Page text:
Making breastfeeding in public acceptable and easier
Making the news from time to time is a story about a woman who was asked to leave a public place because she was breastfeeding. We have recently seen stories about moms in stores, airports and restaurants who were told to leave or to nurse in a bathroom.
Breastfeeding mothers also often are subjected to stares and negative comments. Some of the mothers I work with view breastfeeding in public as a huge barrier that is very difficult to overcome. In fact, some moms are afraid to even try breastfeeding due to their concerns with nursing their baby outside the privacy of their own home.
Pope Francis recently invited mothers to breastfeed in the Sistine Chapel, in the heart of the Vatican. He told them during a recent baptism service, “You mothers, go ahead and breastfeed, without fear.” When a baby needs to eat, a baby needs to eat.
Breastfeeding is the best way to feed your baby, and there is no shame in it. A nursing mother, by law, is allowed to breastfeed in any place she is allowed to be. What, then, are some ways you can make breastfeeding in public easier?
- While there is nothing that says you must cover up, some mothers feel better doing so. Keep a breastfeeding cover-up, a blanket or a scarf handy so you can breastfeed more discreetly.
- Wear clothes that allow easy access to your breasts. Try a knit shirt under a cardigan in colder weather. In the summer, wear a light, billowy top over shorts.
- Out shopping? Look for a dressing room with a chair. Many larger department stores have a lounge connected to their restrooms. Malls, airports and other large public venues also have started to designate breastfeeding rooms for their patrons.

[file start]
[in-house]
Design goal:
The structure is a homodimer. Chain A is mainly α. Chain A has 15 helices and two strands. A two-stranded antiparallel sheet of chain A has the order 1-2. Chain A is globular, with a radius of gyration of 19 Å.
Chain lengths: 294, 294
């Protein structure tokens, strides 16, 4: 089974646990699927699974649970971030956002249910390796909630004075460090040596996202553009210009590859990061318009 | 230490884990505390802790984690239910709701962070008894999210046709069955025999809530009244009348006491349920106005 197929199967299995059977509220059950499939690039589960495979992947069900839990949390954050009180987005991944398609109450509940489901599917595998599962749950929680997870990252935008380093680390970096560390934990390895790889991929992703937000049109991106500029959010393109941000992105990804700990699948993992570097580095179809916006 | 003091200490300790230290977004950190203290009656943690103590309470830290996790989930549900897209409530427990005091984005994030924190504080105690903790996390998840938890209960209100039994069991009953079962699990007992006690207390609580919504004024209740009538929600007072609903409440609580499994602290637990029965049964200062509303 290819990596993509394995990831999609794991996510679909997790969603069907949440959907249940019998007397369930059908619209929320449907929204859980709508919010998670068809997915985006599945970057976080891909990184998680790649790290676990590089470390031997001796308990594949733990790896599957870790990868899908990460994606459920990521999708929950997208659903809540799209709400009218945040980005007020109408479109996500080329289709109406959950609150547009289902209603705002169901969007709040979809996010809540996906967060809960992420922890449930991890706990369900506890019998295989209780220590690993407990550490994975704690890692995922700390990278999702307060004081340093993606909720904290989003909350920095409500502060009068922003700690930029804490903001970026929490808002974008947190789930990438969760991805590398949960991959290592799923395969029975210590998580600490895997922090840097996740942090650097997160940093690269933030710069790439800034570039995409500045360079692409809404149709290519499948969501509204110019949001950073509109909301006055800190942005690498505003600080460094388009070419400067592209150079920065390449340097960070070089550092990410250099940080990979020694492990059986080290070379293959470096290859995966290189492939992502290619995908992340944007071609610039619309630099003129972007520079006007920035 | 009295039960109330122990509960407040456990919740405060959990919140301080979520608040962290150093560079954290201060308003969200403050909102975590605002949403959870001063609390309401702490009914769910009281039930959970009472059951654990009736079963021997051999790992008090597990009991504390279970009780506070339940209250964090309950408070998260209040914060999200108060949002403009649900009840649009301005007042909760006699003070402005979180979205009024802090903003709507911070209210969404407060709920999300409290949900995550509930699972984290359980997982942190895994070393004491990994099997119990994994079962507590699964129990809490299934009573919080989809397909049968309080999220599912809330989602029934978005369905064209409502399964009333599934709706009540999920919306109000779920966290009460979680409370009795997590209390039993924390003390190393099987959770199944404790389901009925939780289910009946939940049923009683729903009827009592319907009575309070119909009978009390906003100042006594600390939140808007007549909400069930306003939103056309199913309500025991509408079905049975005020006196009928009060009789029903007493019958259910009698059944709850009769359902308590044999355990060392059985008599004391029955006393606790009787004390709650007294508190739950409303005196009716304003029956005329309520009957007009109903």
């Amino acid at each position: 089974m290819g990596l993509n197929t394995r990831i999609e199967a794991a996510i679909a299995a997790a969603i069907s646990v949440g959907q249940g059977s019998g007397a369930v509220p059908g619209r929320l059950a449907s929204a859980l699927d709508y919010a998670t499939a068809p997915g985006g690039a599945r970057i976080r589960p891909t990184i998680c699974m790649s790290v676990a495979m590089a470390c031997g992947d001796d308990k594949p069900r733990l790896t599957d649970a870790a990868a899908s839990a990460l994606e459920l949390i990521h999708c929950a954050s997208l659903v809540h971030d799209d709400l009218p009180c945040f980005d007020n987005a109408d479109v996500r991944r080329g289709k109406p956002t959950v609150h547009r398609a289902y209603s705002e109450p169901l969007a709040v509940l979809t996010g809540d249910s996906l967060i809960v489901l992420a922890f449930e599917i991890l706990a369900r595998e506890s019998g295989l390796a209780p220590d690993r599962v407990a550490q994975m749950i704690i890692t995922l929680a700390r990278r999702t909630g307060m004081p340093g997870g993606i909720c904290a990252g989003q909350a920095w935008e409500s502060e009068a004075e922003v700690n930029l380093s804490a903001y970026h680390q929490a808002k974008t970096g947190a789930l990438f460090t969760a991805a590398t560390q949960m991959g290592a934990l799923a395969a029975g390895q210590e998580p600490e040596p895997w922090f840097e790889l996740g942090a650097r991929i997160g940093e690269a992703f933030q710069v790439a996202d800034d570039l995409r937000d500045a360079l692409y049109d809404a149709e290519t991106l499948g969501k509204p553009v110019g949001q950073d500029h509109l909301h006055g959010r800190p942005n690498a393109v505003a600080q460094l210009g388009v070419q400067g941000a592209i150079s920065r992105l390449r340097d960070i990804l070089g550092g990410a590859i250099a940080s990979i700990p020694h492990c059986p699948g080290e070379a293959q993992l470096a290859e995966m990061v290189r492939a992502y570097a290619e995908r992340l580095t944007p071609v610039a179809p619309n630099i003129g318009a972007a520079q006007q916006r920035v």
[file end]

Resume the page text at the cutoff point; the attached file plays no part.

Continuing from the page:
See more tips on how to make breastfeeding easier.
More moms in Kentucky are giving breastfeeding a try, but we still have work to do — Kentucky ranks well below the national breastfeeding average. If you see a woman breastfeeding in public, remember that the law allows her to breastfeed anywhere.
If you see someone breastfeeding:
- Don’t stare
- Don’t ask her to stop, move elsewhere or cover up
- If she speaks to you, show support; tell her she’s doing a great thing for her baby
- If your children ask questions about a nursing mom, educate them. Be matter-of-fact and urge them not to laugh, stare or act inappropriately. Say, “She is feeding her baby,” and answer their questions.
If you are a nursing mom and have a negative experience while nursing in public, there is help. Best for Babes, a nonprofit breastfeeding promotion/mother support organization, has a hotline for such issues. Call (855) NIP-FREE for support and help in understanding your rights.
Learn more about returning to work while breastfeeding.
- Convenient one-stop shopping for breast pumps and parts, breastfeeding bras, nursing pillows and many other items that make life easier for breastfeeding moms
- A certified lactation consultant available by appointment to answer questions and educate new moms on how to properly use the equipment
- Breastfeeding services, including individual counseling, breast milk analysis to determine fat and caloric content, and follow-up for infants with poor weight gain
- Services for moms with special needs, such as feeding multiples, hearing impairment, vision impairment and needing language interpretation
- Services for babies with special needs
The Baby Bistro & Boutique is open Monday through Friday, 8 a.m. to 4 p.m. For more information, call (502) 899-6530.